Greetings, comrades and jihadists!

Everyone’s anti-capitalist to some extent. Corporations are evil, you see. Inherently so. Don’t make any distinctions between those who provide valuable products and services, and who give massive sums to charity and those who are operated by selfish thugs. Just declare them all to be—in the words of a bygone era—Robber Barons.

Such righteousness on the part of the occupiers. Are you aware that some of the leaders have now applied for a trademark for the name “Occupy Wall Street”? How very capitalist of them.

One cartoonist created a fable of sorts to illustrate the mindset of the occupiers:

Oh, you mean there’s a political aspect to this? Is that why President Obama has made supportive statements with respect to this “movement”? Are these really the people with whom he wants to be associated?

Somehow, I don’t think that’s going to win him many votes.

Cartoon Commentary Today

My topics for the last two days have been the Korean situation and the WikiLeaks problem. How about if we just concentrate today on some of the better cartoons dealing with these two issues? Let’s start with Korea where “maximum leader” Kim Jong-il, not quite on his deathbed but preparing for that eventuality, is ready to pass the baton to his son:

Did I say baton? Perhaps I meant sword. How can North Korea get away with these provocations? What allows them to thumb their nose at the world?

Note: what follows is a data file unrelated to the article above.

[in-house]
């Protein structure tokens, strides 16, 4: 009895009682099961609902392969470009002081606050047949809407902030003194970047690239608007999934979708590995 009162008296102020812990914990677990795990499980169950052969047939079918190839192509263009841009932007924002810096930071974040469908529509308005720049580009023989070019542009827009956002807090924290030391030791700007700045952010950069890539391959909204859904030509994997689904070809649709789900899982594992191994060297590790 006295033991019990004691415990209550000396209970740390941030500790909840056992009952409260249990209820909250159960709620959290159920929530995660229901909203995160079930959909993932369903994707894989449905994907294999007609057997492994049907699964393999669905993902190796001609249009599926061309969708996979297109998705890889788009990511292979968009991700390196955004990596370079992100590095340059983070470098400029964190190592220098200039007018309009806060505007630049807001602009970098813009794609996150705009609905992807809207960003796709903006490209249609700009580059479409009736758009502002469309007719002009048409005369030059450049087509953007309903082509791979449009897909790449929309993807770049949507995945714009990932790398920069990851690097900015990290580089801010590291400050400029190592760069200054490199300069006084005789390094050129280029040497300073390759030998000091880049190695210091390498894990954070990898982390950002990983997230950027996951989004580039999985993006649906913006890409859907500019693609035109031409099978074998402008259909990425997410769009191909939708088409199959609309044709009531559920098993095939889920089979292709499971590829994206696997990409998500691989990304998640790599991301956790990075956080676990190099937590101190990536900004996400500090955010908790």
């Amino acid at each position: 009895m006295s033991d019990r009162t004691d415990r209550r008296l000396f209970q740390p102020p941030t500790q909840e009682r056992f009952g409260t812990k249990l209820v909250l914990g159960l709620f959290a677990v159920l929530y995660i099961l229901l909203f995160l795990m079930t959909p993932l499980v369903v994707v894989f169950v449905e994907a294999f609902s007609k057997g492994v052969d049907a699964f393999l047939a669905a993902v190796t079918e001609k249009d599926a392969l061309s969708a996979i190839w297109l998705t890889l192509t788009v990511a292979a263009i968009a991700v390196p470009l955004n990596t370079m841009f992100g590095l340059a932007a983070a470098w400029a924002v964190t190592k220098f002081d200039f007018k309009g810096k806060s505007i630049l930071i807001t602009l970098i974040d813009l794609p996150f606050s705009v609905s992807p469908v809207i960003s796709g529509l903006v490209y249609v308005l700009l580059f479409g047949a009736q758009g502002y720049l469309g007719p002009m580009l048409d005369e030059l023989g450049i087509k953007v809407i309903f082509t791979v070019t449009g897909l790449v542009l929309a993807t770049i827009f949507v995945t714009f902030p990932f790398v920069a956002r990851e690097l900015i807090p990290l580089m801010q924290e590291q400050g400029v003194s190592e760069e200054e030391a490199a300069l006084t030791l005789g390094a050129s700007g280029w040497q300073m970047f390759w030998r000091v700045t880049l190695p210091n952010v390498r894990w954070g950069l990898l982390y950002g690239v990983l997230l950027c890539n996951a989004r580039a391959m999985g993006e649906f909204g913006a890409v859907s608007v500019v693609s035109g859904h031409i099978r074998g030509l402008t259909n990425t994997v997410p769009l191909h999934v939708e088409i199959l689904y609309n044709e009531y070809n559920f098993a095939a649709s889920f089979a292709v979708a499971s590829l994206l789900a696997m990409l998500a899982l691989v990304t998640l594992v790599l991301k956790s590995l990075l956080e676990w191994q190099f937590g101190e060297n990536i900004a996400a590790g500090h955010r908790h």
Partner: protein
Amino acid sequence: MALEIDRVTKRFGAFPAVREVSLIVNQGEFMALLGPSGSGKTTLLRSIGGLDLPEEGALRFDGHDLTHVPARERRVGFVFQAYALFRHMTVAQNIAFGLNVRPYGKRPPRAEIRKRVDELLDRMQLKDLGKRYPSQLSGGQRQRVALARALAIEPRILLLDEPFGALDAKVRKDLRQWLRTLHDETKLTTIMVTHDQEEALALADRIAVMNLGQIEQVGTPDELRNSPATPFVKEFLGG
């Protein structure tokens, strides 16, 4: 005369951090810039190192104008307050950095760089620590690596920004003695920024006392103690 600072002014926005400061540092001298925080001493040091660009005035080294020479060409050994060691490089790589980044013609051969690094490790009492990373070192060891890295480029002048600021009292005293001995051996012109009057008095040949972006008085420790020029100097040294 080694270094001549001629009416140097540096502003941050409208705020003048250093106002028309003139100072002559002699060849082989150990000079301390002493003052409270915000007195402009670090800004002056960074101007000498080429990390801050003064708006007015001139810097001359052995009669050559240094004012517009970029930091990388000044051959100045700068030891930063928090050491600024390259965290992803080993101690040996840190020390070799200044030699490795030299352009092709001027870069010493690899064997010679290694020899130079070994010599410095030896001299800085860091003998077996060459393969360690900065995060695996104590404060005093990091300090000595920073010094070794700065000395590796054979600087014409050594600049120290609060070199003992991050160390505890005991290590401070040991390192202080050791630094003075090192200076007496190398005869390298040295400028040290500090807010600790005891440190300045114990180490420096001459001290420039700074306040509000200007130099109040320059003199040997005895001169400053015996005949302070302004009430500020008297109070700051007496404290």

Ah, yes, that explains it—our good friends, the communist Chinese.

On to WikiLeaks, the brunt of which falls on our Secretary of State:

Where will the leaks appear next?

And who will be the next target?

It’s getting pretty bad.

The Korean Situation

Last week, North Korea attacked South Korea. This is an old story: it happened in 1950 as well, which led to a three-year war [police action?] that ended in a truce, but not a real solution to the dilemma.

The North has never given up its original intent—to take over the entire Korean peninsula. It remains one of the most hardline communist governments in the world, and continues to be supported by China. When it chose to fire missiles at a South Korean island, killing civilians, it blamed South Korea and the United States for conducting military exercises. These have been conducted for the past 57 years. What makes them an incitement to action now? The North’s attempt to cast blame on the South is ludicrous, but that’s the nature of the regime. What is America’s response to this outrage?

Well, at least we are blaming the right nation. But are we willing anymore to act on what we know to be the facts of this case? What military options do we have that will show our resolve?

I wonder if that’s one of the options currently under consideration? What will it take before we really get tough with this rogue nation?

That’s much better.

Back in the early 1950s, Gen. Douglas MacArthur, who was in command of the U.S. troops in Korea, promoted the use of nuclear weapons to end the conflict. He believed we could use them strategically on North Korea and its ally, Communist China, to resolve the military impasse. I don’t know if he was right in this view or not; I tell my students that I’m not sure it was the best option. Yet there are times when one longs for decisiveness. MacArthur was wrong in going against Truman publicly, since the president was his commander-in-chief. But one can be forgiven for speculating what might have been if his plan had been followed. Perhaps we wouldn’t have this situation facing us today.

Regardless, this is a test of the Obama administration. How will it handle this ongoing tension? What actions will it take to deal with North Korea’s development of nuclear missiles? Will it be firm or will it wilt under pressure?